Quirky and GE Unveil Products That Will Make Your Home Smarter

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By Diana Budds / Published by Dwell
Tech startup Quirky and GE, who officially announced their partnership in April of 2013, launched seven new products that seek to reinvent home security, outlets, switches, and sensors. With the fleet, the companies believe they have the potential to make smart home technology accessible. "Through partnerships, products, and our platform, we believe we'll finally connect the home," Ben Kaufman, Quirky's founder and CEO, stated at a press briefing.

The new devices are geared toward lighting, energy consumption, and security—the top three areas where smart technology has the most potential to make an impact according to research by Quirky and GE. Kaufman called the products "the seven building blocks for an affordable and accessible home." They give users the ability to see real-time information about their home—data on how much energy a particular appliance consumes (and hence, its operating costs) or its temperature and if a door or window is open, for example. The new items, which begin shipping in December 2014, are the Tripper window and door sensor ($35 per pair); the Overflow moisture detector ($35); Outlink wall outlet with integrated energy monitor ($50); Tapt programmable light switch ($60); Ascend garage door opener ($90); Norm HVAC controller ($80); and Spotter Uniq customizable sensor ($30–$120).

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Quirky and GE announced seven new smart home products that have been under development in the two years since the companies announced their partnership. The initial ideas for the products were submitted by members of Quirky's crowdsourcing platform and were brought to market by the tech startup.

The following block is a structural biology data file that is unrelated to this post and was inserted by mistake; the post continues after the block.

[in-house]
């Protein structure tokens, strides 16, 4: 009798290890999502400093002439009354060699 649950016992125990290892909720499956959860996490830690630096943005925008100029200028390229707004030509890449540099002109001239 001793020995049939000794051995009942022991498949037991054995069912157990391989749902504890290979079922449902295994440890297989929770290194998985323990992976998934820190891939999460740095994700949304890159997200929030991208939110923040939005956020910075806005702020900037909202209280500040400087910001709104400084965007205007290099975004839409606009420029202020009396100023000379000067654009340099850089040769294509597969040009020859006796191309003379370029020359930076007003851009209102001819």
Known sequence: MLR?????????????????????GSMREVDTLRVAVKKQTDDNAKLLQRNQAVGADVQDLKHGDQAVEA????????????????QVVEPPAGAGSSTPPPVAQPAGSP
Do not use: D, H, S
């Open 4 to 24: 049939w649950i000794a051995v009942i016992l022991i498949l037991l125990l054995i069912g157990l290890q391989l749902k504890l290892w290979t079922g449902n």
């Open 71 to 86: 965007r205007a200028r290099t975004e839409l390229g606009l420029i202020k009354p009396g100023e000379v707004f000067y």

Through today's announcements, Quirky and GE have addressed two barriers relating to the adoption of smart home technology: ease of use and affordability. With the exception of the Uniq sensor, none of the products retails for over $90. Each of the new Quirky and GE devices can be controlled through the Wink app, a connected home platform that allows users to operate multiple smart home products—manufactured by Quirky and dozens of partner brands—through a single interface. This means no toggling back and forth between multiple apps and program settings to accomplish a desired action.

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Michael Taylor of Canton, Georgia, submitted the idea for the Tapt light switch. It features two buttons: a traditional on/off control and one that can be programmed to do any action, say, dim a bulb or turn all the connected lights in your house on. When smart bulbs are turned off by traditional switches, connectivity is lost. Not so with Tapt. Additionally, there's no need for a separate dimmer. Ben Kaufman, Quirky's founder and CEO, says that lightbulbs make up 40 percent of the products that Wink users control through the app. "Lightbulbs are the gateway to the connected home," he says. Over 100,000 people have started to use Wink since the app launched 126 days ago.